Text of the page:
Rejoice with those who rejoice; weep with those who weep.
Live in harmony with one another; do not be haughty, but associate with the lowly.
Do not claim to be wiser than you are.
Do not pay anyone evil for evil, but take thought for what is noble in the sight of all.
Do not be overcome by evil, but overcome evil with good. 
(Romans 12:9-21) 

These are words worth committing to memory, so that we always have in mind what love in action looks like. Remember that this is how Jesus loves us all, unconditionally and completely. He needs those of us who follow him to live in such a way that others know what love looks like. It’s much harder than simply feeling love, but it is the kind of love that can see us through the hardest times. In the midst of the Fall, love is how we rise, and begin again. 

In my sermon this Sunday at Washington National Cathedral, I’ll reflect in greater depth on the practices of love–how to receive and share the love of God revealed to us in Jesus. 


…And a Little Child Will Lead Them

…And a Little Child Will Lead Them

Young Ailyn of St. Paul’s Piney Parish with her piggybank

4 year-old Ailyn, along with her parents and little brother are members of St. Paul’s Piney Parish in Waldorf, MD. On June 28 at the virtual coffee hour after online services, Ailyn heard Mother Maria Kane talking about the families the parish is helping from the partnership with their neighborhood elementary school. Ailyn wanted to help too and she went and got her piggy bank. There was $73.32 in her bank and she told the folks online at coffee hour she wanted to help those families too and she gave it all.

And a little child shall lead them. Ailyn’s gesture has turned into over $2,000 so far with matching donations. Ailyn’s mom, Emily comments, “She keeps having a bigger and bigger impact, like ripples in the water.” 

In addition, the folks of St. Paul’s are working on ways they can help with school supplies and other things as students and parents work to adjust to the start of another school year.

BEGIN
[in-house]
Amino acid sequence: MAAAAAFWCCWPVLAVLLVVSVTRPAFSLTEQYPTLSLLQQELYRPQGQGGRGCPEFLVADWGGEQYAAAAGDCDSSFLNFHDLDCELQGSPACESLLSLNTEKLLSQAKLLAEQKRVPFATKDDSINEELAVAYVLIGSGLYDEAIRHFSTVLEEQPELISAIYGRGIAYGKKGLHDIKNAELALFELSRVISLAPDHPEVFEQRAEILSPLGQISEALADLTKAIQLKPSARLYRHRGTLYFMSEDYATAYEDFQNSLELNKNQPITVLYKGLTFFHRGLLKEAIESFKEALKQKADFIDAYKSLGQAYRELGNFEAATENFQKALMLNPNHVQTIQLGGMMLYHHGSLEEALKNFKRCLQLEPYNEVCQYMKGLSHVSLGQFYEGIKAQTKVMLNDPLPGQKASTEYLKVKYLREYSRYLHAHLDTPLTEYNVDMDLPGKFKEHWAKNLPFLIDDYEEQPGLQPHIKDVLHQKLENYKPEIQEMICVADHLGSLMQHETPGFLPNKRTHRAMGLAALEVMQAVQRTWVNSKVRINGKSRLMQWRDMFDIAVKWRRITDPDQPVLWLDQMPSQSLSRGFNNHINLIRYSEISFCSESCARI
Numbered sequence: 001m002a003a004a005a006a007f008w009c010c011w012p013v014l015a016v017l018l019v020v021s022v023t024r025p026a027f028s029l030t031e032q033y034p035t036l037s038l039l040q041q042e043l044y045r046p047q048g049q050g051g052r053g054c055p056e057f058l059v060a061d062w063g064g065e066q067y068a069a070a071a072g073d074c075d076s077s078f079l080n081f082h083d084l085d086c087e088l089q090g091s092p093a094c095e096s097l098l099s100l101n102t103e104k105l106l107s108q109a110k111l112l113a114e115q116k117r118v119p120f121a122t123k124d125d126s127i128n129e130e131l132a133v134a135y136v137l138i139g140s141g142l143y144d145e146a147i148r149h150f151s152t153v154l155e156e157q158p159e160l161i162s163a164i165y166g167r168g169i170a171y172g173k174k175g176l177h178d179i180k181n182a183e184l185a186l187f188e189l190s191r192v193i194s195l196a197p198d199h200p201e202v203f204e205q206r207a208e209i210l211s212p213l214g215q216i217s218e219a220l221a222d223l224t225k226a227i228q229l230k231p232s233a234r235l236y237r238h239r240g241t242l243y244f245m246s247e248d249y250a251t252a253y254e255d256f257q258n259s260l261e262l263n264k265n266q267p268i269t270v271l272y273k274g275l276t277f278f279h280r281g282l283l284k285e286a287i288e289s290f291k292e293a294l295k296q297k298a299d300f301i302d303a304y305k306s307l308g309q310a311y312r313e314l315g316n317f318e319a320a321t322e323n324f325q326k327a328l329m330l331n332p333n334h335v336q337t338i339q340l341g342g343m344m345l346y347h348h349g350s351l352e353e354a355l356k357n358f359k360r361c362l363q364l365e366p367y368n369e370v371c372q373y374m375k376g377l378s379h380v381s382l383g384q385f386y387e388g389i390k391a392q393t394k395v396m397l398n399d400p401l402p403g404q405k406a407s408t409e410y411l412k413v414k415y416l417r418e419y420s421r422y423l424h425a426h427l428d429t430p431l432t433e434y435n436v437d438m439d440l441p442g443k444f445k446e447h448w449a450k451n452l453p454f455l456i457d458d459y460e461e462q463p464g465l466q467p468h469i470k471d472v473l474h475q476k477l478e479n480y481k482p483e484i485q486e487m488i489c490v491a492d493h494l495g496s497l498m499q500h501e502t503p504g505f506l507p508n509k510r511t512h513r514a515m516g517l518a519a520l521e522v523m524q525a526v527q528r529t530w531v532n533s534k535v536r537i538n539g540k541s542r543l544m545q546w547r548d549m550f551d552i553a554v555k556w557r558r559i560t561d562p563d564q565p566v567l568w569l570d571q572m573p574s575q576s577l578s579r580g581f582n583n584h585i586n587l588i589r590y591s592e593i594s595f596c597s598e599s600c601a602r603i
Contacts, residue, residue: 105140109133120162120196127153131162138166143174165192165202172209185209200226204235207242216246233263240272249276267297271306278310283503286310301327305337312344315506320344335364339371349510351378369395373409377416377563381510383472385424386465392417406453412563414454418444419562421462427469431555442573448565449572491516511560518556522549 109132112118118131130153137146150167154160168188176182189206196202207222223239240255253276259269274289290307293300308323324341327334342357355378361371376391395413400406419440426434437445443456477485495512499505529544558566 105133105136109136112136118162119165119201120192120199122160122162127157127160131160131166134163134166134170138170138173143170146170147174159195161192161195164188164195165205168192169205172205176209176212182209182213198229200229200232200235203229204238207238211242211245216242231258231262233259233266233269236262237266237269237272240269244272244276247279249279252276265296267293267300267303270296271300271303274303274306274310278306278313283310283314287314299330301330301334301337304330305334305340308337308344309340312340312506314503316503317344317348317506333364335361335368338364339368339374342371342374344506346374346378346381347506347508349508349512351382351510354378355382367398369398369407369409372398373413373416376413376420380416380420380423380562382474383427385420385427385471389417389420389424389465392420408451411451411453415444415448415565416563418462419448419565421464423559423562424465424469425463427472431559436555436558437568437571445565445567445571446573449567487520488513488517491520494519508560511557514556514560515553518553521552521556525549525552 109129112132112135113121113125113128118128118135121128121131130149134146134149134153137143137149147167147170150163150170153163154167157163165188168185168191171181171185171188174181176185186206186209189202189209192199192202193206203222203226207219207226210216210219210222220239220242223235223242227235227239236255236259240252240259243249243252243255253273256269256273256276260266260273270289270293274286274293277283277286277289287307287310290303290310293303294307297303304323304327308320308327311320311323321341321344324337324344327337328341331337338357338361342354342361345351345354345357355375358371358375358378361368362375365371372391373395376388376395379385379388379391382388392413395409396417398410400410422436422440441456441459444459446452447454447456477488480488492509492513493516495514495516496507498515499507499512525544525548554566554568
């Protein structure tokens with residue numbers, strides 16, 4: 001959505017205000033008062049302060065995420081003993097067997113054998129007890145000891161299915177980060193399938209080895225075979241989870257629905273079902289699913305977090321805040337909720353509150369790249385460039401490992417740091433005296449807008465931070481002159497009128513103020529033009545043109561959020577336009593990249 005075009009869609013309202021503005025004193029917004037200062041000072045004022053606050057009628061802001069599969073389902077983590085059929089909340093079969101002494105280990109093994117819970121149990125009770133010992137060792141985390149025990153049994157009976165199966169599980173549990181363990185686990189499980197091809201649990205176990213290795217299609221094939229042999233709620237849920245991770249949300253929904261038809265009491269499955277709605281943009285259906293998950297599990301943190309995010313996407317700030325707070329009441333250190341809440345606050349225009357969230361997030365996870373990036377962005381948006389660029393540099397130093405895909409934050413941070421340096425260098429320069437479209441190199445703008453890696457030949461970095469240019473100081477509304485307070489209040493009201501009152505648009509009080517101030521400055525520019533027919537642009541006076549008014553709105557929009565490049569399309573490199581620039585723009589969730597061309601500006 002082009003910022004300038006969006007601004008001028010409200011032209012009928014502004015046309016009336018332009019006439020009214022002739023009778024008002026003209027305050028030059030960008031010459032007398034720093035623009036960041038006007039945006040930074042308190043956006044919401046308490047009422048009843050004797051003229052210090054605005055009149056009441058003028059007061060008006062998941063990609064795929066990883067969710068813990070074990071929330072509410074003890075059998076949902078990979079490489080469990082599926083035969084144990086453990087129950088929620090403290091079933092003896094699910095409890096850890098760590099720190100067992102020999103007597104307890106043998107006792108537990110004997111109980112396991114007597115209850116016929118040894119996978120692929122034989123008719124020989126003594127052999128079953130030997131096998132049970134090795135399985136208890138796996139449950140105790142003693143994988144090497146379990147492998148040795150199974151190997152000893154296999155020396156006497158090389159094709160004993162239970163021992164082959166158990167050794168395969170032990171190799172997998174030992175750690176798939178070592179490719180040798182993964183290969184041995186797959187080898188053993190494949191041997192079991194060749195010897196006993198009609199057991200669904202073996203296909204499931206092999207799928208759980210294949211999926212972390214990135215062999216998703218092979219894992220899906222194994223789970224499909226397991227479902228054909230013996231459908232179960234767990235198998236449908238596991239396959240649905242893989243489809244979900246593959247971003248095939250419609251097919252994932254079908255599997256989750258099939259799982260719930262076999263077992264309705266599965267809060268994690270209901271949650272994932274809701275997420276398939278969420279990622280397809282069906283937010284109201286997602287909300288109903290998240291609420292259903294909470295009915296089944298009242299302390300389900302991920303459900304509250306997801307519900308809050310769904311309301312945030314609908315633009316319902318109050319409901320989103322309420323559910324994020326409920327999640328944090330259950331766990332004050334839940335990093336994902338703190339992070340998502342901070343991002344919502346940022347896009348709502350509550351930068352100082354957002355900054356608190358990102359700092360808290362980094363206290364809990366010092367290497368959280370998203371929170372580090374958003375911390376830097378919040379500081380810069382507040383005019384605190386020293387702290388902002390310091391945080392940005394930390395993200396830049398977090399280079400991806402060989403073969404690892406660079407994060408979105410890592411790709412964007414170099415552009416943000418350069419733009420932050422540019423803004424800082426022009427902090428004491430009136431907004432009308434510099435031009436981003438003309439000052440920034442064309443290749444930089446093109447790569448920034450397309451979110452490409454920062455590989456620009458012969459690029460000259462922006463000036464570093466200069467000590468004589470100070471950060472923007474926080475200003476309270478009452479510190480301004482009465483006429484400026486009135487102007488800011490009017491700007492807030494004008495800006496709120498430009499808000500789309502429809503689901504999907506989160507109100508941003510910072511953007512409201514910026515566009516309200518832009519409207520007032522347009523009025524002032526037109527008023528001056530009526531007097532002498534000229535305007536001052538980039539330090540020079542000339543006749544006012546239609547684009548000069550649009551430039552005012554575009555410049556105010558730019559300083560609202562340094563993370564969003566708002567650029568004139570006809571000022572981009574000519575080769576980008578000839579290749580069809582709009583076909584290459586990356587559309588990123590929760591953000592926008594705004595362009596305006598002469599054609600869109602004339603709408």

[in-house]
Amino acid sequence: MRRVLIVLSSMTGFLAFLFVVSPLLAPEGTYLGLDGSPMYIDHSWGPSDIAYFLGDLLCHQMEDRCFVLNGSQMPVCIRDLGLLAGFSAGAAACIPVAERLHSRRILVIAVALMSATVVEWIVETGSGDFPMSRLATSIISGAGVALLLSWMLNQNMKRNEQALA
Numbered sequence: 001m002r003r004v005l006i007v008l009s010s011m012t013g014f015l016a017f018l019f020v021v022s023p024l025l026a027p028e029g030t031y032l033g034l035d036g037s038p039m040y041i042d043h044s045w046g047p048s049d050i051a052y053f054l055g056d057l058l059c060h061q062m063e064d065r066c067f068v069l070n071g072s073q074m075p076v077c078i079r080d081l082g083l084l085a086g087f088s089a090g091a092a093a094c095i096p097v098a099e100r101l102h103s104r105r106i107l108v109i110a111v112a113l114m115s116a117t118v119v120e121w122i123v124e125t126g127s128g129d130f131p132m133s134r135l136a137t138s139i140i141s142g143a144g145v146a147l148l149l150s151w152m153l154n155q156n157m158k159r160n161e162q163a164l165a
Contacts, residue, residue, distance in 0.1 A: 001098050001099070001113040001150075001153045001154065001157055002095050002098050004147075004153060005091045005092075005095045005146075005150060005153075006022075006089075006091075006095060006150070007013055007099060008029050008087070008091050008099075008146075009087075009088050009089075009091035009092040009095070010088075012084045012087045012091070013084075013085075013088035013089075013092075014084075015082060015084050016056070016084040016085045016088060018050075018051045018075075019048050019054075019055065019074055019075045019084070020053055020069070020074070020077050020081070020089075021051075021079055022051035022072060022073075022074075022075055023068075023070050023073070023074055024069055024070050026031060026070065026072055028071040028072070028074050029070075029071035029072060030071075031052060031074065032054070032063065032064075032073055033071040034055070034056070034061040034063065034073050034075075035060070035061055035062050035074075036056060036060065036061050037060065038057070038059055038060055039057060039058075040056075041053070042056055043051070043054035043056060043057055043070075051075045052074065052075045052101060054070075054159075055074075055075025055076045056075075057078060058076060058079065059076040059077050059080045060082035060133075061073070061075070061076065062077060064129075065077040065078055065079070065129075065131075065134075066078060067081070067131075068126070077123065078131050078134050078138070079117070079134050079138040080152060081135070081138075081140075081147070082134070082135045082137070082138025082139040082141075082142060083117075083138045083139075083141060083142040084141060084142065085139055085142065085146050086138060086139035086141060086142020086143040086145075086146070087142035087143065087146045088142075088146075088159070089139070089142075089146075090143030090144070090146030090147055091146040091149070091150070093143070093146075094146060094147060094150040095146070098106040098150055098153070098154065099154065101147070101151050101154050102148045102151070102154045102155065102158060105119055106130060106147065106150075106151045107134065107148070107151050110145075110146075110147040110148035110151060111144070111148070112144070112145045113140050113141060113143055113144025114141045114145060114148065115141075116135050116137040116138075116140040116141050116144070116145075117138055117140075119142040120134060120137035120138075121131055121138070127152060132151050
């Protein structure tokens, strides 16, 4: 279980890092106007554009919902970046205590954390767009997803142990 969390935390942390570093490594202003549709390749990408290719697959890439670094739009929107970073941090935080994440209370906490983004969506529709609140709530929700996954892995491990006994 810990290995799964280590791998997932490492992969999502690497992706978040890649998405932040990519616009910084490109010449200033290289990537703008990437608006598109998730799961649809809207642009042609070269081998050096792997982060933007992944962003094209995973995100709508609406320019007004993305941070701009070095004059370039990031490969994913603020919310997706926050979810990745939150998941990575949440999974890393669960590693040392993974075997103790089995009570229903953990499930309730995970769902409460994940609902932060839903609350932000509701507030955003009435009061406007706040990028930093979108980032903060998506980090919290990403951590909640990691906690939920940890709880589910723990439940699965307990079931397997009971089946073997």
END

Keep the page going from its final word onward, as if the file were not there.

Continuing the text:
The contents of the piggybank – a generous haul!

This year, back-to-school looks different than any year we have ever experienced. Most students are beginning their school year in their bedroom or living room or around the kitchen table. Others are in classrooms with a mask on. Parents are full of questions and apprehension. And teachers, well let’s just say they are taking what they learned in the Spring and making the needed changes to ensure their students get the best learning and experience possible. They need all the help and support they can get.

The big question is how do our parishes fit into this new world? The traditional school supply drive, does that help? Let’s look at what some of our parishes are doing:

  • Church of the Redeemer in Bethesda held a drive for tablets through Housing Up. The cost was $50 per tablet and the drive netted 70 tablets.
  • Washington National Cathedral conducted their “Lunches & Laptops” drive. Partnering with United Planning Organization, they filled two big pick-up trucks with crafts, games, notebooks, art supplies and lots of healthy snacks and foods for children across the city.
  • In Prince George’s County, there are 2 elementary schools in the neighborhood of St. John’s, Mt. Rainier. Deacon Sandra Bramble says the way to help is to pick up the phone and call the school principal and offer. And then, be ready to work.
  • St. Andrew’s, College Park has been partnering with McCormack-Langley Park Elementary School for a number of years. They do school supplies in the fall and a warm coat drive in the winter. 
  • At St. George’s, Valley Lee and Ascension, Lexington Park, Deacon Martha Eldridge is working on details to set up an internet zone in the church for the families who do not have access in the rural parts of St. Mary’s County.
  • At St. James, Indian Head, they have boosted their Wi-Fi so that the community can come to the parking lot and have access to the internet while staying safe in their cars.

This school year, it is more important than ever to be involved. When asked about help, teachers are often not sure what to ask for. Parents and kids are figuring this out as they go. As for those of us in the parishes of the Diocese of Washington, back-to-school this year will likely last throughout the school year. We need to stay in touch with our families and the teachers and administration of our schools and be good partners… all year long. 

Don’t wait for someone else to do it or organize it because 4-year-old Ailyn is already way ahead of us. 

Complied by Deacon Steve Seely, St. Paul’s Piney Parish, Waldorf, MD

The Way of Love in the Midst of the Fall

True Words Spoken in Love